Few noticed last week when Juande Ramos called for a shortening of the transfer window, but the nuclear fallout from Monday’s race to the finish seems to support his argument.
Prior to Monday, Robinho had been settling in nicely for another season at Real Madrid, Kevin Keegan was sorting out his first proper season in charge of Newcastle, Dimitar Berbatov was rightly benched for his self-interested transfer talk, and Manchester City were on the verge of proving they were a top-ten club under Mark Hughes.
Now, the chess pieces have been wiped off the board, and in May 2009, viewers will see season highlights from the August portion of 2008-2009 and wonder what year they’re really watching.
Not that these aren’t interesting or even welcome changes. While King Kev was certainly improving during his second Newcastle stint, the appointment had ‘stop-gap’ written all over it, and his lack of action in the transfer window was Keegan’s last straw.
Rumours that Berbatov was on the outs at Tottenham were circulating at the end of last season, so it was perhaps inevitable he would eventually choose to sign for Manchester United. For Manchester City, new owners Abu Dhabi United Group will provide an enormous influx of petrol dollars, which, sadly, seems to be the only winning currency in today’s top flight. Had their bid been made sooner, City would have probably picked a brand new starting eleven and someone other than Mark Hughes to lead them.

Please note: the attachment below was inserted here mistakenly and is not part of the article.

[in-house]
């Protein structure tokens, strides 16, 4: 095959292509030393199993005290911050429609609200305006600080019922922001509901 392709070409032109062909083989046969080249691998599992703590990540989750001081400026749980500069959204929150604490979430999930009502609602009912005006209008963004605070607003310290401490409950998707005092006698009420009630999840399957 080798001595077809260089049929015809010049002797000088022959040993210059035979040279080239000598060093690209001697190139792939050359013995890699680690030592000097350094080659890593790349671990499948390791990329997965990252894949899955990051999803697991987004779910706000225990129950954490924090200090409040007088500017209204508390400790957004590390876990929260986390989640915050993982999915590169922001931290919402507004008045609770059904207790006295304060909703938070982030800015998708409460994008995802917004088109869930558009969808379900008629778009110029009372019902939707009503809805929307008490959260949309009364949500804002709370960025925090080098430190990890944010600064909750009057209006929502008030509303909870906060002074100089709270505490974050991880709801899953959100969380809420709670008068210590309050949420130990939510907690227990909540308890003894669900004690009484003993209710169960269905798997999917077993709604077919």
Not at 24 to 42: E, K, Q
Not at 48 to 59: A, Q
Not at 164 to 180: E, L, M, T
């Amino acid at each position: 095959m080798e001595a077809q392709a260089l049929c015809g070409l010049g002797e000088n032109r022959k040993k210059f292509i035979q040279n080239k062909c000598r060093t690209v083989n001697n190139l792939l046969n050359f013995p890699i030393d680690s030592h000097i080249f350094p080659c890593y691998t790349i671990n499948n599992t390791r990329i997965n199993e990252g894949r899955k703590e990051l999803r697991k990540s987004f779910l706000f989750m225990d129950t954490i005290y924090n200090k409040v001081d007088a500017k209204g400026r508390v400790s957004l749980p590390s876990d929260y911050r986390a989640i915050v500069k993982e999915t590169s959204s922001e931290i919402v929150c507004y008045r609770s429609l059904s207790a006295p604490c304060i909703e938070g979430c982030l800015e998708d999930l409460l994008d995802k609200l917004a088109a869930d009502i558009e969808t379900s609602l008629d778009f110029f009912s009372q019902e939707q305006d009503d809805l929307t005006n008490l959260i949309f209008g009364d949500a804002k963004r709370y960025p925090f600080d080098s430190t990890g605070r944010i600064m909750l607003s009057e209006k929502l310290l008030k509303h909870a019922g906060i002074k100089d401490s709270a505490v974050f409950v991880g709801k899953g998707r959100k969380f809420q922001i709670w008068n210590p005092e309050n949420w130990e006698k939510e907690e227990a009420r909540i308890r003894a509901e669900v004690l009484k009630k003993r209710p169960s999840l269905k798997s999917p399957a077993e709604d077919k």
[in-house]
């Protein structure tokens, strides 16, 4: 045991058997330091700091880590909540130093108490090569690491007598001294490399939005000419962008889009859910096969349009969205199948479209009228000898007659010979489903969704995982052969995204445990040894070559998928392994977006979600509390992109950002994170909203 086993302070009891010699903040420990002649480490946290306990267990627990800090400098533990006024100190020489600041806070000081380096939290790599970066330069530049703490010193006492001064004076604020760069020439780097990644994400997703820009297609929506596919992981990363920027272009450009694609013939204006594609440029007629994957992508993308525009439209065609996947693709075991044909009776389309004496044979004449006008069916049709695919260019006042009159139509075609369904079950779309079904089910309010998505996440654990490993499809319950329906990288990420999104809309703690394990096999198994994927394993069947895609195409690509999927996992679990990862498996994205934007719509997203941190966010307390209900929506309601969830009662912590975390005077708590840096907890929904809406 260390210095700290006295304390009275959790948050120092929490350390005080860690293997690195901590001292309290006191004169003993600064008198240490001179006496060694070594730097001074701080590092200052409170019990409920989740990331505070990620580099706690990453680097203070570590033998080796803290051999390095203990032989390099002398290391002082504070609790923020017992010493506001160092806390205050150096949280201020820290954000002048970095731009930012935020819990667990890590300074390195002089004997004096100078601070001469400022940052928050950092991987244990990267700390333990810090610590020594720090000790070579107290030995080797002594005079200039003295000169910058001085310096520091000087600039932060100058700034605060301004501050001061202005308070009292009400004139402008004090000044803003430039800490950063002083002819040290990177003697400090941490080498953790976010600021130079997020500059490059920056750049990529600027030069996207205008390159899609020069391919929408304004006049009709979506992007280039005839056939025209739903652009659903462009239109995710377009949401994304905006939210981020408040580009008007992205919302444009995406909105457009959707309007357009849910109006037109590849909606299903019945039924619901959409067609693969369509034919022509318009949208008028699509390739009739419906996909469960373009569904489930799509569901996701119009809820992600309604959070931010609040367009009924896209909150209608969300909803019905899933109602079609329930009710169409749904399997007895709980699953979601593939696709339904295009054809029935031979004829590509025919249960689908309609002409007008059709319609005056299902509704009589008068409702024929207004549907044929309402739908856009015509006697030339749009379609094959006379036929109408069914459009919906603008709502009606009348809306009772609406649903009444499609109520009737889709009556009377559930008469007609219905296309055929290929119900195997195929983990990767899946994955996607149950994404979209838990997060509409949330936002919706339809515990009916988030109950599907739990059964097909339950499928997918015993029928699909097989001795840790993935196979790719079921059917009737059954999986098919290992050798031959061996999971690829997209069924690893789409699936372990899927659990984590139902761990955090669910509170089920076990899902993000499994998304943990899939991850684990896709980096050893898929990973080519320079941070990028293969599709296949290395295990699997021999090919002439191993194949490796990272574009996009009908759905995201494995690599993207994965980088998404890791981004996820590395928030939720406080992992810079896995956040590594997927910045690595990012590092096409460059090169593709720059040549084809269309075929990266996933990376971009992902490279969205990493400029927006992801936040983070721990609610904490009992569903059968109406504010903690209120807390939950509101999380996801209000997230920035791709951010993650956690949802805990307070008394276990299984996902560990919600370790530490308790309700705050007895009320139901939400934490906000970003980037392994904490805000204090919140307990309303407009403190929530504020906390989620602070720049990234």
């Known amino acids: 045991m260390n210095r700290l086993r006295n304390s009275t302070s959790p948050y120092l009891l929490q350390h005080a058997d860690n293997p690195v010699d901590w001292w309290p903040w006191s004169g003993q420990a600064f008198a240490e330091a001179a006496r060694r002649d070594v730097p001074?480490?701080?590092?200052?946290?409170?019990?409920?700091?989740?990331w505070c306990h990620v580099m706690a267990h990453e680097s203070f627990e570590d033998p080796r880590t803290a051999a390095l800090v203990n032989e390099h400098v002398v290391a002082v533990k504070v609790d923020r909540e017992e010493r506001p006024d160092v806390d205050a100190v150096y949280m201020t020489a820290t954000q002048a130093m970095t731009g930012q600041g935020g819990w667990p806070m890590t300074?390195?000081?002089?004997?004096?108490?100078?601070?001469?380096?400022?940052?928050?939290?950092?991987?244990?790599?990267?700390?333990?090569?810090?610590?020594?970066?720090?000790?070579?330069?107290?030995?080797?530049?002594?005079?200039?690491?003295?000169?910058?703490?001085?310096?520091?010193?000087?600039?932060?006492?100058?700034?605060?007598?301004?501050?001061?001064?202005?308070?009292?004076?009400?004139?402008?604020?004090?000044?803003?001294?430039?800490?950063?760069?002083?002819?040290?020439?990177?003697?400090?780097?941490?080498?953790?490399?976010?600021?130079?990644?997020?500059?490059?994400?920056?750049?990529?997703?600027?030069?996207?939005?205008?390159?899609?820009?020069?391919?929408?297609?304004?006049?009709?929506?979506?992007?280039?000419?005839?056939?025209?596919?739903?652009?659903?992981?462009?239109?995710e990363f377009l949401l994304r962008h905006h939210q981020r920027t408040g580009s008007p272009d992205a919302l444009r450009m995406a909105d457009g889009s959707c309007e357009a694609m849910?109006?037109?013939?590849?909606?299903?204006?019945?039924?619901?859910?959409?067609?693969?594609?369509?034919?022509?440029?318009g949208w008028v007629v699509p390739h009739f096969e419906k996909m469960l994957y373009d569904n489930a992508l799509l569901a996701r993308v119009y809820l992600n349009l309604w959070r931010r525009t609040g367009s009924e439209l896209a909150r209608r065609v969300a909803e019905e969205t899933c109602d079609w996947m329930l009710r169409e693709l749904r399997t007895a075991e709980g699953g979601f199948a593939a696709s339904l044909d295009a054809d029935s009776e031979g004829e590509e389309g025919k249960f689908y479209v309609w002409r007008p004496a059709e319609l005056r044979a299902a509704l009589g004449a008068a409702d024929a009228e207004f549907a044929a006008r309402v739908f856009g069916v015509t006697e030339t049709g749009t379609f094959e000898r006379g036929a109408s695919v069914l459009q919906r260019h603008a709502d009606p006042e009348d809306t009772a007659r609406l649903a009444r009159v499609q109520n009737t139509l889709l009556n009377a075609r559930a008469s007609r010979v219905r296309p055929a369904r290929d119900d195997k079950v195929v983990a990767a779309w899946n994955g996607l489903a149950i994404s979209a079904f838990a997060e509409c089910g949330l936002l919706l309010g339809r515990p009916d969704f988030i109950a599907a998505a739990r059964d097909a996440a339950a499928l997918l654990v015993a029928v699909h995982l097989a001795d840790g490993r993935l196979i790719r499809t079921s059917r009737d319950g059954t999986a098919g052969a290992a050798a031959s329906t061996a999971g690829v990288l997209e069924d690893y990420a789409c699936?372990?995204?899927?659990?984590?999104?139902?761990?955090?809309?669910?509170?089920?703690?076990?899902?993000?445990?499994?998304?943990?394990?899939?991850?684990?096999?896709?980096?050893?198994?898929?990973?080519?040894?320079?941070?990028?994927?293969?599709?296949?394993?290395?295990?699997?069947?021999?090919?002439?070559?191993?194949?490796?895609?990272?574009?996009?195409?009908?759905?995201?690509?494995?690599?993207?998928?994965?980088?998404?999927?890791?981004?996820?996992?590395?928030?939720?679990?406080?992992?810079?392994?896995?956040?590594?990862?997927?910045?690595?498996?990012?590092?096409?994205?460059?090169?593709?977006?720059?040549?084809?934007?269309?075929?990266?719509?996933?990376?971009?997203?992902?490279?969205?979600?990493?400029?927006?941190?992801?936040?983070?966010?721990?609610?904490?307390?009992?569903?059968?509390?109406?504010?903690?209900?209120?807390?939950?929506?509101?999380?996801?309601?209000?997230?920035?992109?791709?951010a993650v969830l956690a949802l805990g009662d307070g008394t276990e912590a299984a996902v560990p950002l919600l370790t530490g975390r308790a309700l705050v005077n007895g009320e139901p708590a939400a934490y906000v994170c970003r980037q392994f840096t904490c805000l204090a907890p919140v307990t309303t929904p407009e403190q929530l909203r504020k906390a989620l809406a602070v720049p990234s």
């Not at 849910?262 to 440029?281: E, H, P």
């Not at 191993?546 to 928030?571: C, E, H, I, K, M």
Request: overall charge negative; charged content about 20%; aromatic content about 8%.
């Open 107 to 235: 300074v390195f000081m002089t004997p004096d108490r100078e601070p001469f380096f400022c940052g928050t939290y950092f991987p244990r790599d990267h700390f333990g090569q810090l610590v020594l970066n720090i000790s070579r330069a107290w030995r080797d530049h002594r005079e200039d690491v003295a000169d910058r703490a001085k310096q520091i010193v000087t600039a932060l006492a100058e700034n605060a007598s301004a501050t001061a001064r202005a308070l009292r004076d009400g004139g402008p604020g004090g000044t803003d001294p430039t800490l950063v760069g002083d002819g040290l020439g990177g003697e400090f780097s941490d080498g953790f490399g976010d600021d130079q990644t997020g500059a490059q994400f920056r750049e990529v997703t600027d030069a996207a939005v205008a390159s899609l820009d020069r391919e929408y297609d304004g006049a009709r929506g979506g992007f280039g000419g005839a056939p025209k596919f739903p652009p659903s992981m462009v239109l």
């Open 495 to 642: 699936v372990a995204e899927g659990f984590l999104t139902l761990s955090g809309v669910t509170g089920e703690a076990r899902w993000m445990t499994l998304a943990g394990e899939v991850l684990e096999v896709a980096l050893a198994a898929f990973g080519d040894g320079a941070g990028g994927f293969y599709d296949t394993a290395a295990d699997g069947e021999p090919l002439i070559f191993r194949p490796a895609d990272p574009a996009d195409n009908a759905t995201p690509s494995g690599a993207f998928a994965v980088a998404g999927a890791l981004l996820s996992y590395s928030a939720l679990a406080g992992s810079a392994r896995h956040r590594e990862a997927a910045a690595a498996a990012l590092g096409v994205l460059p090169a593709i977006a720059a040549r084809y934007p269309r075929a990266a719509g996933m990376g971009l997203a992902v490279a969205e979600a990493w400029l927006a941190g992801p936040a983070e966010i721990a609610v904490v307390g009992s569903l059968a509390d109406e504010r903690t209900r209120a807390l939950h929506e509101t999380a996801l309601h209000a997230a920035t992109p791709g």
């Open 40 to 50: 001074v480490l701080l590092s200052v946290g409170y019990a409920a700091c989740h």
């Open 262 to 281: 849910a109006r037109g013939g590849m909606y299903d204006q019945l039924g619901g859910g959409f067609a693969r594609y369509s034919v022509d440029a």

Now, let’s suppose the transfer window had closed one day prior to the season opener. Abu Dhabi would have likely swept in sooner after Shinawatra’s tax troubles broke in early August (he was clearly ready to sell from the start of the scandal if not before),thus giving the Arab consortium more time to buy players and pick a new manager to truly make a top four run.
Berbatov would have been compelled to sort out United’s interest before having to put on Tottenham white, and perhaps save United’s blushes during their opening draw to Newcastle.
And speaking of Tyneside, Kevin Keegan could have left with a little more dignity as well as more time for the board to pick a proper successor. Hell, in this alternate universe, Mark Hughes would likely have been available by the opening weekend.
These are of course what-ifs, and there are many who argue that players and managers prefer a few weeks of league play in order to ask themselves, as the song says, “Should I stay or should I go?” This may have been true even a few years ago, but it is now emerging that subjects of ‘shock’ transfers had in fact made up their minds long in advance of the formal announcement.
Christiano Ronaldo was set to leave United for Real back in December. Tensions between Dennis Wise and Kevin Keegan have been well-publicized since last May. While Robinho’s transfer to City truly was shocking, his ambition to join the Premier League after rumours circulated about a move to Chelsea certainly wasn’t.
Why throw fans, owners, players and managers for an opening season loop if the wheels of change were already in motion? And with recent title races coming down to a matter of one or two points, why risk crediting those points to a faded star, gone before the end of August?
Richard Whittall lives in Toronto and is the author of A More Splendid Life.